Powers told investigators he contacted Menk through Loreli Scott – who at the time was actively campaigning for the at-large school board held by Larry Robertson – to “educate” her about problems with FieldTurf products, according to the report. Menk reportedly claimed she initiated contact with Powers, after finding his name from the internet while researching FieldTurf on the morning of the vote, to learn more about artificial turf and FieldTurf products.
As the board prepared to accept the winning bid from Deluxe Athletics at its April 10 meeting, Menk requested a last-minute delay, citing information provided by Powers about FieldTurf lawsuits, Gmax safety ratings and cost information compared to fields in the Cherokee County schools.
“Ms. Menk raised the very same issues at the board meeting that Mr. Powers set forth in his March 16, 2018 email to (Southern A&E),” the report states, adding that the District 4 representative never disclosed to her fellow board members or the public that the information she shared originated from a FieldTurf competitor attempting to delay the vote.
“Instead, she acted as if the information she presented…(was) a result of her own independent research,” the report states.
Investigators say Menk was uncooperative during their attempts to interview her. She “would not identify a single person with whom she spoke,” after saying she spoke to “numerous ‘sources’ who provided her with information that suggested wrongdoing on the part of school officials.”
According to the report, Menk told investigators the RFP was written in a way to favor companies that used FieldTurf products, saying the information came from a “confidential source” she refused to identify. Through other means, investigators say they learned that most of Menk’s information came from Powers.
Powers indicated he never requested Menk keep his communications with her confidential, and that he never asked to be a confidential source, according to the report.
Delay: Opportunity for Sports Turf
A delayed vote in April would have meant putting off turf installation – set on an extremely tight schedule to ensure completion by each school’s first home football game – until summer 2019. Investigators say that while Sports Turf is a reputable company, its attempts to cast dispersion on FieldTurf products and object to the specifications for the Coweta project were meant to distract from the company’s real motives for not submitting a bid: overbooking.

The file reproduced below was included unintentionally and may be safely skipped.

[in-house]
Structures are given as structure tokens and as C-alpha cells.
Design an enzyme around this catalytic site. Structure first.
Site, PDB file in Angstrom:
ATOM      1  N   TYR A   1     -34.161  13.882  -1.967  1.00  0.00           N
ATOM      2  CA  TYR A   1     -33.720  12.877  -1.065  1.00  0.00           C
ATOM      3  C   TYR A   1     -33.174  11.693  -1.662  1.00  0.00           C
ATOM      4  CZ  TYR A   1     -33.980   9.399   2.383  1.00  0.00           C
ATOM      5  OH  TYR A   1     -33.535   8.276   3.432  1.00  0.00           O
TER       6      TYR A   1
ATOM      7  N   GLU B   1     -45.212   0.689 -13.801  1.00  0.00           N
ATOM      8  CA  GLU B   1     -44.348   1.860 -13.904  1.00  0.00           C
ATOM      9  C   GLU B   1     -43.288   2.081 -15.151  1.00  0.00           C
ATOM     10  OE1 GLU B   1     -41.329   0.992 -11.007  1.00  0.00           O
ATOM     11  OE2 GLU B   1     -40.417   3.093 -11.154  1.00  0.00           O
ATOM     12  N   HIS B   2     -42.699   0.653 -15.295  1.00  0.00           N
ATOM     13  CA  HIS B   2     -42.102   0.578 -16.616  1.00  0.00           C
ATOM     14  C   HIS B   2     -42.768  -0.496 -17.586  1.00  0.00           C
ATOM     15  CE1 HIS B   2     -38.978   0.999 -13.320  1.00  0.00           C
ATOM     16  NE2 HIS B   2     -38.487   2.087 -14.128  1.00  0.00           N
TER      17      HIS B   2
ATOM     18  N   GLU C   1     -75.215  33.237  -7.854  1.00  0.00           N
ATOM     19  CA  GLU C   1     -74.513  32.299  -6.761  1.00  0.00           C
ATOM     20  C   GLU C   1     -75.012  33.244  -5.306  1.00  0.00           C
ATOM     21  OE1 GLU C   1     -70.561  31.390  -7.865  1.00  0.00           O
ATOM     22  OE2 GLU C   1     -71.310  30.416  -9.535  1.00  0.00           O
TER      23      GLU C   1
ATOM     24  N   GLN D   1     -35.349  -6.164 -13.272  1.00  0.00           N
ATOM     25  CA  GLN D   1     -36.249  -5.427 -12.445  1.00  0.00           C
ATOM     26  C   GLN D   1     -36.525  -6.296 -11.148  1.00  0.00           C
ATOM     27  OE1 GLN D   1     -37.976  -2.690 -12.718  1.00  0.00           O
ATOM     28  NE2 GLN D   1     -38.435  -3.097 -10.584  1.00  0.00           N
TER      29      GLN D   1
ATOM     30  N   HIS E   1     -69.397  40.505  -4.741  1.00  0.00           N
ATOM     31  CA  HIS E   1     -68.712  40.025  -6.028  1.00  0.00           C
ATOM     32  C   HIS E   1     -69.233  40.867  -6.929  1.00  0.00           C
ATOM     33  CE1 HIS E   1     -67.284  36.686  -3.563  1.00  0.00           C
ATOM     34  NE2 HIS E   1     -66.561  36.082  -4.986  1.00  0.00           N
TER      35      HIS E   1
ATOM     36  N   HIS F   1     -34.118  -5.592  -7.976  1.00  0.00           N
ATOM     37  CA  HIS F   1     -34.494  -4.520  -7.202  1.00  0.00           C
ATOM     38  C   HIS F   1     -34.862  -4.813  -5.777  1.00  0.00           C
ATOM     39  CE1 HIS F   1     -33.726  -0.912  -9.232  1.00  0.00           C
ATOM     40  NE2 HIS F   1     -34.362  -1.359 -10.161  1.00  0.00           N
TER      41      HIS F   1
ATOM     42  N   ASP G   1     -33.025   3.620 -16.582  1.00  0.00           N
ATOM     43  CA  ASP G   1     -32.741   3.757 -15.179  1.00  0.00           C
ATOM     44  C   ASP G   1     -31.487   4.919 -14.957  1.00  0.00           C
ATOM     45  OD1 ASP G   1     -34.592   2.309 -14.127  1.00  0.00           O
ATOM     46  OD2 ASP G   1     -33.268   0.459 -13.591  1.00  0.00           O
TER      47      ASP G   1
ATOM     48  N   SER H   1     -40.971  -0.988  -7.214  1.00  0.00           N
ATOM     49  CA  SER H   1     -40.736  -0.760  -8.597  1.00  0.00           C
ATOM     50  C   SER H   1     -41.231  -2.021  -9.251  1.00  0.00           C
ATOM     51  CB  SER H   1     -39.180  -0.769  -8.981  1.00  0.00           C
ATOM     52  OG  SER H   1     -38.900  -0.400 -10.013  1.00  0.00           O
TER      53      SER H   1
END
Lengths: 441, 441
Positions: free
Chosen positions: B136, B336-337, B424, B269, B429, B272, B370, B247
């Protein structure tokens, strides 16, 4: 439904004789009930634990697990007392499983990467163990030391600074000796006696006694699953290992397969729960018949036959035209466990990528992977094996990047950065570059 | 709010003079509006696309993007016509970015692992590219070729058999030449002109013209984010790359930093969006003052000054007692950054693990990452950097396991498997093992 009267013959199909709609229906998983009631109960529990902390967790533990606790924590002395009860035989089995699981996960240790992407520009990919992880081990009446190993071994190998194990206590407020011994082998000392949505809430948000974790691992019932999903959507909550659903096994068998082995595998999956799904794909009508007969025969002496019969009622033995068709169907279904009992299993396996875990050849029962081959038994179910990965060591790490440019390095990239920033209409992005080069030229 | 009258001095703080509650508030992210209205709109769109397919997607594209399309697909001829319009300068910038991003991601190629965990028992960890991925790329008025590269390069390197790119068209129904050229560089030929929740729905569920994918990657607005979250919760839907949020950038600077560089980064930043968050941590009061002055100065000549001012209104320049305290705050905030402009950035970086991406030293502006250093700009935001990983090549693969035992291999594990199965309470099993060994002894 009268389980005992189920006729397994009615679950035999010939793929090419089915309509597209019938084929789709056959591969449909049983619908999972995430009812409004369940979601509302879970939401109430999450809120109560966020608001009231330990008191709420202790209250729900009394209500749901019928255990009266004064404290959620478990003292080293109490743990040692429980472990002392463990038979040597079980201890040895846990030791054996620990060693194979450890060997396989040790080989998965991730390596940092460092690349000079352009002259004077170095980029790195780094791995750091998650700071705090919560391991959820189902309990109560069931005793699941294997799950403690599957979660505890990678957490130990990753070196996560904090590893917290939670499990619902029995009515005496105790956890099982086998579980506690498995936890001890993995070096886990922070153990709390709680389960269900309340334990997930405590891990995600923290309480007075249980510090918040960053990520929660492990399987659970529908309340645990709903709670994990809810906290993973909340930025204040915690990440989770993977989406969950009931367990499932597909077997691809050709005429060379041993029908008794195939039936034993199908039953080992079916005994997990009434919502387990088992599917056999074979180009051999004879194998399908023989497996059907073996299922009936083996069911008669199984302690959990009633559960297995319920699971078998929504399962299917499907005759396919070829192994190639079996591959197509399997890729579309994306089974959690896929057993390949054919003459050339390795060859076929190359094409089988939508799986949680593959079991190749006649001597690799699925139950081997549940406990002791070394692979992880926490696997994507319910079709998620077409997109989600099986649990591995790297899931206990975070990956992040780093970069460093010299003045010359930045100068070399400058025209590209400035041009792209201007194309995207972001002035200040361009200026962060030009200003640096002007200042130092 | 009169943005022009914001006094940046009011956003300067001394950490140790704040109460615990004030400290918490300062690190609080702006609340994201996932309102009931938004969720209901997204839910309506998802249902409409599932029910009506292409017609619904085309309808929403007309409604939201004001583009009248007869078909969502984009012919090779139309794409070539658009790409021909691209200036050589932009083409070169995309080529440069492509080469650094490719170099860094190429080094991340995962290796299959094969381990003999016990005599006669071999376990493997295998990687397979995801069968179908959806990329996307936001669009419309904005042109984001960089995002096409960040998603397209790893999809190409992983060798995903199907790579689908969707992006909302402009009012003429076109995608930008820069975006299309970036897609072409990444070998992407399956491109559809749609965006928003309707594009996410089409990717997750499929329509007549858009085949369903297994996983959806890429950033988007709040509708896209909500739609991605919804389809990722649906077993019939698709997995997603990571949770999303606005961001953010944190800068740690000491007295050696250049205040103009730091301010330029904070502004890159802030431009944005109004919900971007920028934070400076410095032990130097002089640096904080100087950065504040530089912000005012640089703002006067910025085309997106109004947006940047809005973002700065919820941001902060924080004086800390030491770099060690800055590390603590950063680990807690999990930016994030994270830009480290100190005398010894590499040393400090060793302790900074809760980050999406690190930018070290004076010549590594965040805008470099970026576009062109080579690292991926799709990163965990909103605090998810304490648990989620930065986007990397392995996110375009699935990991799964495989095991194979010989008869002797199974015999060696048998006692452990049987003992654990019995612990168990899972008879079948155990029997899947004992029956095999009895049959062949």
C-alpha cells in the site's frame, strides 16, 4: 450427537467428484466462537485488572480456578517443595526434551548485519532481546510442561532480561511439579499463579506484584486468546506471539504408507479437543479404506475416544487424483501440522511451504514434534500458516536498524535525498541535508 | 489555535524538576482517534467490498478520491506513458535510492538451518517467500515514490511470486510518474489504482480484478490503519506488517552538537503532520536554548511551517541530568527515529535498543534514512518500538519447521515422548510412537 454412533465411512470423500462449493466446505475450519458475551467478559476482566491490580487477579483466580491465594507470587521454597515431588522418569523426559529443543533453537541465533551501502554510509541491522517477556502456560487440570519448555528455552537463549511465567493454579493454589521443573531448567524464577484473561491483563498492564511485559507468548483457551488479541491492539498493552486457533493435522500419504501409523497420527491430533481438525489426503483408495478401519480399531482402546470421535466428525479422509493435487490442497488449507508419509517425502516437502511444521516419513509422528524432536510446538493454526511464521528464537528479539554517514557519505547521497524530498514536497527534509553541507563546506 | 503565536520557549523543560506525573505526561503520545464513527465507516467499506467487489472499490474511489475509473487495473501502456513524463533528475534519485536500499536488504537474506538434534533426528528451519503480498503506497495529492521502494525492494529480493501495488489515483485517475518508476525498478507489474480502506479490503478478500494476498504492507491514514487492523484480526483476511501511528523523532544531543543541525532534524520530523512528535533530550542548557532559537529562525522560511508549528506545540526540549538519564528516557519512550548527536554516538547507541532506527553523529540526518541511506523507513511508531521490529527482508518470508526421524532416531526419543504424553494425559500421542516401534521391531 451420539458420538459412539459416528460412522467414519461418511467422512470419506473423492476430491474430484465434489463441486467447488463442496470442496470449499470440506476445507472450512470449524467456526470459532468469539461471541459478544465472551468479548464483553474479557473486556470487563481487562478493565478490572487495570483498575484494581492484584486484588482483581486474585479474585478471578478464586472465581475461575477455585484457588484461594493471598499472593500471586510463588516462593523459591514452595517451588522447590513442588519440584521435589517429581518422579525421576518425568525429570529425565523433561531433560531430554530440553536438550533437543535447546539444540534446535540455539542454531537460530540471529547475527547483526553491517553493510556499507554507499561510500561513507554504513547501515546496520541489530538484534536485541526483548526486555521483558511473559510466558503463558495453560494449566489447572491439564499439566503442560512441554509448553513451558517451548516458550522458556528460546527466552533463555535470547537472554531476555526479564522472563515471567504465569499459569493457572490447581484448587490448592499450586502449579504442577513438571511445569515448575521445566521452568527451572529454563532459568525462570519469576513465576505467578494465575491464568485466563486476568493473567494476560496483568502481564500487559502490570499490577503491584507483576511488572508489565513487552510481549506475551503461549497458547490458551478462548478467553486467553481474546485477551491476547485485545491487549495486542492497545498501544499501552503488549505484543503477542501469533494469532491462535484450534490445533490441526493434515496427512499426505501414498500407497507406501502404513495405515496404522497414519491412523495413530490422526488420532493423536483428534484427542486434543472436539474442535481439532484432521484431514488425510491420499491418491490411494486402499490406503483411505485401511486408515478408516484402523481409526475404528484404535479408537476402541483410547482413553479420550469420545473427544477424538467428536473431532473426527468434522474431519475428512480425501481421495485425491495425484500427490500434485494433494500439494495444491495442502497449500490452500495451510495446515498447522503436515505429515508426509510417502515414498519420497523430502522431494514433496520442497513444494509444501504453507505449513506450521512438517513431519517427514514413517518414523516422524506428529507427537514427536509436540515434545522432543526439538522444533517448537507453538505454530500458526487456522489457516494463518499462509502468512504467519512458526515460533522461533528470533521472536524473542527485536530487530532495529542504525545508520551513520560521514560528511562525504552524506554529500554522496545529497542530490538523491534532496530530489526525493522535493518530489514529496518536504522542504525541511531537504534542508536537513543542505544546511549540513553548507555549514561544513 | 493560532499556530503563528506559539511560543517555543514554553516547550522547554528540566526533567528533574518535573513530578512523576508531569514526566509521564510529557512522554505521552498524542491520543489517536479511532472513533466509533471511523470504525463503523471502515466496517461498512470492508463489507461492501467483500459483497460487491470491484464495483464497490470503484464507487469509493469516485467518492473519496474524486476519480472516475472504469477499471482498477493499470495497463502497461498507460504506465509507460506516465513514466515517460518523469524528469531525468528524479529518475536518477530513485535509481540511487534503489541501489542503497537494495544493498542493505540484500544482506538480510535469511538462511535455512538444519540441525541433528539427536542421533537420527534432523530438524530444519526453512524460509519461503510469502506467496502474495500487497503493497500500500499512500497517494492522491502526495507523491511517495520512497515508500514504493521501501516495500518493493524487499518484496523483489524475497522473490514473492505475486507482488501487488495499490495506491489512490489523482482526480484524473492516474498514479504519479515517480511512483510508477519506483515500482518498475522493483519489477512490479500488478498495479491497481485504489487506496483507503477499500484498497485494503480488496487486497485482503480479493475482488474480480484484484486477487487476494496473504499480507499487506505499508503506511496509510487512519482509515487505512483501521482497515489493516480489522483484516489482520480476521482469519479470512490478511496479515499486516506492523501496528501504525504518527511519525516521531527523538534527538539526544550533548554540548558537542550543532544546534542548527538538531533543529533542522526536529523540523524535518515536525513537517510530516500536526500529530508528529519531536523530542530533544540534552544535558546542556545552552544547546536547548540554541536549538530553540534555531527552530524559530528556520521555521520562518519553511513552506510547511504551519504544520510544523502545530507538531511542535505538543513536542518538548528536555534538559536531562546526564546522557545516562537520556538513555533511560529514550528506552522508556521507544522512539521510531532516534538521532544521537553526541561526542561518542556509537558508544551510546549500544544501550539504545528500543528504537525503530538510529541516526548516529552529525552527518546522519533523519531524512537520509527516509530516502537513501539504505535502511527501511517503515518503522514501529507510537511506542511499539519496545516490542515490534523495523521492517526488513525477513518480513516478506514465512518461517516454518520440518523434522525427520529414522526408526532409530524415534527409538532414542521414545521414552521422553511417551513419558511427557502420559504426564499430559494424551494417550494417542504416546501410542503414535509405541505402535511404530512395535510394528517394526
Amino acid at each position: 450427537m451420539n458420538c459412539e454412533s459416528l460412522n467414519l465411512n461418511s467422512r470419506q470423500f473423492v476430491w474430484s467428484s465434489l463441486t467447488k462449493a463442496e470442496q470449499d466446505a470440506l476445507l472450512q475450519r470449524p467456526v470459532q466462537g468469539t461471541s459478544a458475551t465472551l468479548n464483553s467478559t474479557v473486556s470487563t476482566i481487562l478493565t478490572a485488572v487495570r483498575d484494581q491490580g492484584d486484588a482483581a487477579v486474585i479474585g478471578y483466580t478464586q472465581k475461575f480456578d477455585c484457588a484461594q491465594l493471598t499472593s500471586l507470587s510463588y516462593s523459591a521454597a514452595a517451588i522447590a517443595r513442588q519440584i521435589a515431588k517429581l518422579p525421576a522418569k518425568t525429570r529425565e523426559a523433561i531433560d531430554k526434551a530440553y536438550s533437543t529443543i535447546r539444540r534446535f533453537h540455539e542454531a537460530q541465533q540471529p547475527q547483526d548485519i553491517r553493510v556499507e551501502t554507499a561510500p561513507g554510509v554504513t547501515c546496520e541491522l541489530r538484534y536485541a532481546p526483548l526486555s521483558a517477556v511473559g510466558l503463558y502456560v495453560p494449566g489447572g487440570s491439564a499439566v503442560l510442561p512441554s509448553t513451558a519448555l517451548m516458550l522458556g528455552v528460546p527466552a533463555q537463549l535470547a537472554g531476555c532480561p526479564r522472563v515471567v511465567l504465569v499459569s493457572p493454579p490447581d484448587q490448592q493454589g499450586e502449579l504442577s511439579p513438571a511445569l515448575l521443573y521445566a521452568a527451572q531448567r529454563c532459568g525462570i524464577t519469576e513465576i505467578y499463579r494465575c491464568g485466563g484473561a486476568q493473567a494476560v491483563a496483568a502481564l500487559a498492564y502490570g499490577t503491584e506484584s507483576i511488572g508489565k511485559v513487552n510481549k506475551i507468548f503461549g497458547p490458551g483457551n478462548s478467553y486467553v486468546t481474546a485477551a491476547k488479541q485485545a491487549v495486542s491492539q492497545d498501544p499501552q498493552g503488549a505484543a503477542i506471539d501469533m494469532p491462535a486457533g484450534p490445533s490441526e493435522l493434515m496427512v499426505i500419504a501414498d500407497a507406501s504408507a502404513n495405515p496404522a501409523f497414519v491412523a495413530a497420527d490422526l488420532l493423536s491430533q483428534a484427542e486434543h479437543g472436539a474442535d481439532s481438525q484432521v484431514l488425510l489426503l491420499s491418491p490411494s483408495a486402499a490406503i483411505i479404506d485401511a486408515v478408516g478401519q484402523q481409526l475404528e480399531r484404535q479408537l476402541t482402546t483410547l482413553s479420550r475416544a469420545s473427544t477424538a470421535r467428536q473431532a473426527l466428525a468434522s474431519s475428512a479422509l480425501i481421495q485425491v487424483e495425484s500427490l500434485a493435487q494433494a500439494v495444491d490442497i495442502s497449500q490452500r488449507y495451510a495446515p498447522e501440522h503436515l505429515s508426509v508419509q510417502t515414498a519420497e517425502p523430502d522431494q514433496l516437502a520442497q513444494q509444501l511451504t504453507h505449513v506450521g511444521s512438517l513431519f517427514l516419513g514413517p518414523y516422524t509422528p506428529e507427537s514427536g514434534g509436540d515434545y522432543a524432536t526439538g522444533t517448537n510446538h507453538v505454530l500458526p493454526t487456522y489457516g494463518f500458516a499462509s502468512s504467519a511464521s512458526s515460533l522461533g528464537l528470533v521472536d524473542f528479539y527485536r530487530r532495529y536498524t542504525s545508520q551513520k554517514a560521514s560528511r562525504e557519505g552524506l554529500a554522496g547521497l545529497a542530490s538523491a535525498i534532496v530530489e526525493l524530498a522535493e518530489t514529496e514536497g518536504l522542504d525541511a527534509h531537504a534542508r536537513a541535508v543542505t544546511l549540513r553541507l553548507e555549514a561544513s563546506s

“Evidence strongly indicates the real reason Sports Turf did not bid was because they did not have the capacity to handle the work,” investigators say. “We believe their schedule was full to such a degree that they could not take on the Coweta job without a substantial risk of failing to meet the timeline.”
Consequences for missing the deadlines were steep: a $75,000 penalty, which would cut sharply into any company’s profit margin.
Sports Turf reportedly completed more fields in 2018 than any other year. That included installing artificial turf on five Cherokee County fields and replacing the synthetic turf on another; converting two fields for the Oconee County School System and one for a private school in Coweta County; and out-of-state projects, according to investigators.
“As it turned out, they did not complete one of the fields in Cherokee County on time,” the report states. “In order to get a chance to bid on the Coweta project, Sports Turf would have to get the Coweta project delayed.”
Investigators say a delay that resulted in the project being re-bid for the summer of 2019 would have given Sports Turf an opportunity to continue its attempts to impact project specifications, putting the company in a better position to submit a competitive proposal.